from The American Heritage® Dictionary of the English Language, 4th Edition
- adv. Now and then; from time to time.
from Wiktionary, Creative Commons Attribution/Share-Alike License
- adv. From time to time; now and then; once in a while; irregularly.
from the GNU version of the Collaborative International Dictionary of English
- adv. In an occasional manner; on occasion; at times, as convenience requires or opportunity offers; not regularly.
from The Century Dictionary and Cyclopedia
- From time to time, as occasion demands or opportunity offers; at irregular intervals; on occasion.
- Sometimes; at times.
- Casually; accidentally; at random; on some special occasion.
from WordNet 3.0 Copyright 2006 by Princeton University. All rights reserved.
- adv. now and then or here and there
"Club Med" countries is a term occasionally used to refer to nations in southern Europe.
While creationists use the term occasionally, employing it merely to make their views sound more scientific, and to avoid a violation Edwards v Aguillard decision discrediting 'creation science', present day proponents approach it from a science perspective.
The longer he went on, the more lost I became in the murky waters of his diction, in the fog of my grammatical weaknesses, though all the while I nodded and repeated a word occasionally to make it seem as though his generosity was not falling, like pearls before swine, on the ears of unappreciative foreigners in a blue car with French license plates.
We may have to fly in occasionally from the US this spring and summer though.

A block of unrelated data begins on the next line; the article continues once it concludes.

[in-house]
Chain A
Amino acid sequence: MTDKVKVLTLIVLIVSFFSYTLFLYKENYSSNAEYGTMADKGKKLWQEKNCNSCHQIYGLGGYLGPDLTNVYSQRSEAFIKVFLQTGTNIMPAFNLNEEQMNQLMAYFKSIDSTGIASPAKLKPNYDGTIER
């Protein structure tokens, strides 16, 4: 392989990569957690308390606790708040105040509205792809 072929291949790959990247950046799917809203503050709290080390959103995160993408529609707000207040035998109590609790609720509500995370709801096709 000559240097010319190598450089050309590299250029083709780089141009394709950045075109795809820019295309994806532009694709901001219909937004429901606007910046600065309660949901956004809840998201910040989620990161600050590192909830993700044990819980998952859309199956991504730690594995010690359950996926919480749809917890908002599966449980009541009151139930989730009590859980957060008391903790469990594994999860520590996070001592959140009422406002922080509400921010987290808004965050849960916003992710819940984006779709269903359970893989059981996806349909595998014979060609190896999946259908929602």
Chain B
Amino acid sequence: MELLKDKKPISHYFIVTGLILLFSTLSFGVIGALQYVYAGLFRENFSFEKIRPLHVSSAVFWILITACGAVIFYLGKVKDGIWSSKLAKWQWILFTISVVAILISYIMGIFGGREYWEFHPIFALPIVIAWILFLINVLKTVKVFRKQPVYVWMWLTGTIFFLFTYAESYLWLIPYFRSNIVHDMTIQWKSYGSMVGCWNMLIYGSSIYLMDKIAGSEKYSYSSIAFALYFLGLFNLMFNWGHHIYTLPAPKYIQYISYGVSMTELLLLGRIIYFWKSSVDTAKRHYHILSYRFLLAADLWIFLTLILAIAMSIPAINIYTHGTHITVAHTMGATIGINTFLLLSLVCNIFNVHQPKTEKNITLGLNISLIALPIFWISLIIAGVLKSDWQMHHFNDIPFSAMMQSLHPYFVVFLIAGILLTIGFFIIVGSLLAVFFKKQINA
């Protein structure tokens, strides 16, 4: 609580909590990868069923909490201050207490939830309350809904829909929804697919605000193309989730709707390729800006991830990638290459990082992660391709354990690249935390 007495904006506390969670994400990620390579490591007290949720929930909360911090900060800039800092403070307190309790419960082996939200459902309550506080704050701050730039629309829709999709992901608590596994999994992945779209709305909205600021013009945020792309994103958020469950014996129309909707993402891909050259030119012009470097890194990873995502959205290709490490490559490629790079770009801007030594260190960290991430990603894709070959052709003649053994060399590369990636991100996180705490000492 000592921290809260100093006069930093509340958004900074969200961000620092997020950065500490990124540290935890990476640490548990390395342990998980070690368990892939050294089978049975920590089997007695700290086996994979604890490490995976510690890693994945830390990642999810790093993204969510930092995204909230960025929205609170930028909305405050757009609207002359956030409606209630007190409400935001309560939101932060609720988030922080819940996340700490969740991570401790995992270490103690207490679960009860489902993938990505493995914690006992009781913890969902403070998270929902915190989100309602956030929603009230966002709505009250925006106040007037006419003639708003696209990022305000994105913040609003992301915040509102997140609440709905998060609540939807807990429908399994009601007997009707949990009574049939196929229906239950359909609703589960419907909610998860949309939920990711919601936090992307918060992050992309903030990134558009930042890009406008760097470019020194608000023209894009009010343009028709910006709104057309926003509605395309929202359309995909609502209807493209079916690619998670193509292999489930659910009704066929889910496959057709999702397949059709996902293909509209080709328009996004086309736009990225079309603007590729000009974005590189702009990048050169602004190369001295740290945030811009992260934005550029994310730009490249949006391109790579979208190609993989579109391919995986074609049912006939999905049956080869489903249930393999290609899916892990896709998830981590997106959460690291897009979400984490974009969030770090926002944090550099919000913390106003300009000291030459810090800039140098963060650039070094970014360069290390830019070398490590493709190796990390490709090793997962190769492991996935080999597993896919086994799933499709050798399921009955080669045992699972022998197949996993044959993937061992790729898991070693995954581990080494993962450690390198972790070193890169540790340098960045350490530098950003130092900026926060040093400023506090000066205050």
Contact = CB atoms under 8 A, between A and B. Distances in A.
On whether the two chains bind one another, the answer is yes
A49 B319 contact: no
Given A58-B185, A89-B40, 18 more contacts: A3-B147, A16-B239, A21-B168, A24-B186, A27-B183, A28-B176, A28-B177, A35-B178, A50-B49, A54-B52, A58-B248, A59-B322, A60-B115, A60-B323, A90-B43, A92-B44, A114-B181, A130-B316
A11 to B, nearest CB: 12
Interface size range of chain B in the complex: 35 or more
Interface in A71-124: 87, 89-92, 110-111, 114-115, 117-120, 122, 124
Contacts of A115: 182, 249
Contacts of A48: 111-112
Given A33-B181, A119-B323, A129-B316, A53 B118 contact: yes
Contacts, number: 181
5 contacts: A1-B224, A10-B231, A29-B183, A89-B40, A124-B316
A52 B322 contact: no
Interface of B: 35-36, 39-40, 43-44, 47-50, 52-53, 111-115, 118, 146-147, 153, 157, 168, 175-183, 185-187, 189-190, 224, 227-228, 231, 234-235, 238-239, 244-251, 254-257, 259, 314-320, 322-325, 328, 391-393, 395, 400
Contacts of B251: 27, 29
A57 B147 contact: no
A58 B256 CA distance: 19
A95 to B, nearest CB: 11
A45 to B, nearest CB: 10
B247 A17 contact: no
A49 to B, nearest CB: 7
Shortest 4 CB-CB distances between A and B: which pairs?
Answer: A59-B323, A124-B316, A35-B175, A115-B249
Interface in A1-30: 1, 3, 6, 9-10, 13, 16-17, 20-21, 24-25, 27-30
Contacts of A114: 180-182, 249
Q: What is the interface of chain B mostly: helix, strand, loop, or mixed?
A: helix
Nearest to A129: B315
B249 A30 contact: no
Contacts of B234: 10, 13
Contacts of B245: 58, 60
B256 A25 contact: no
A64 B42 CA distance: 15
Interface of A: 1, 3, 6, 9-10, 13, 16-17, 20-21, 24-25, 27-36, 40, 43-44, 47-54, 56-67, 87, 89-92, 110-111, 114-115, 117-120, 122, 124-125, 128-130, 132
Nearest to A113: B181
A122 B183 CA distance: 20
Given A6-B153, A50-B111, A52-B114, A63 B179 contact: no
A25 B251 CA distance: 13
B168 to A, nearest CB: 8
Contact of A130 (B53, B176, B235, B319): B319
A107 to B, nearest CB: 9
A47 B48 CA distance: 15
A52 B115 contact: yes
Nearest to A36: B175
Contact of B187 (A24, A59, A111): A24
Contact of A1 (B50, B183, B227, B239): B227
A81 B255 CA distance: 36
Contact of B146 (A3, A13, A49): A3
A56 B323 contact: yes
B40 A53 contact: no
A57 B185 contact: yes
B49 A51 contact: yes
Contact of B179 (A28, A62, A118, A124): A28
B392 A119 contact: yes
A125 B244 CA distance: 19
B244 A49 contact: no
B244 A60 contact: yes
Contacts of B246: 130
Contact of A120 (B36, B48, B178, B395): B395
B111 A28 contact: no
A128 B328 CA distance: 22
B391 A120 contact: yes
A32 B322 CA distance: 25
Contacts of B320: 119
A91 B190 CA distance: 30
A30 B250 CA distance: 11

He uses the term occasionally, and evidently, in this sense; more frequently it occurs in his narrative in connexion with the
The more concrete literary use seems to come from Germany: J.E. Crawford Fitch published in London a book on Angelus Silesius in 1932 which uses the term occasionally, and in 1933, the philosopher
He uses the term occasionally, and evidently, in this sense; more frequently it occurs in his narrative in connexion with the Buddhist relic worship; and at first I translated it by "shrine" and "shrine-house;" but I came to the conclusion, at last, to employ always the Indian name.
(Spirit typically will offer to put you on its next plane, but if that plane doesn't arrive for another day, and you need to leave that night, the response occasionally translates as, "Your problem, not ours.")
BUCOLICS (from the Gr. [Greek: boukolikos], "pertaining to a herdsman"), a term occasionally used for rural or pastoral poetry.
_ -- What is the meaning of "letters of horning," a term occasionally, though rarely, met with in documents drawn up by notaries?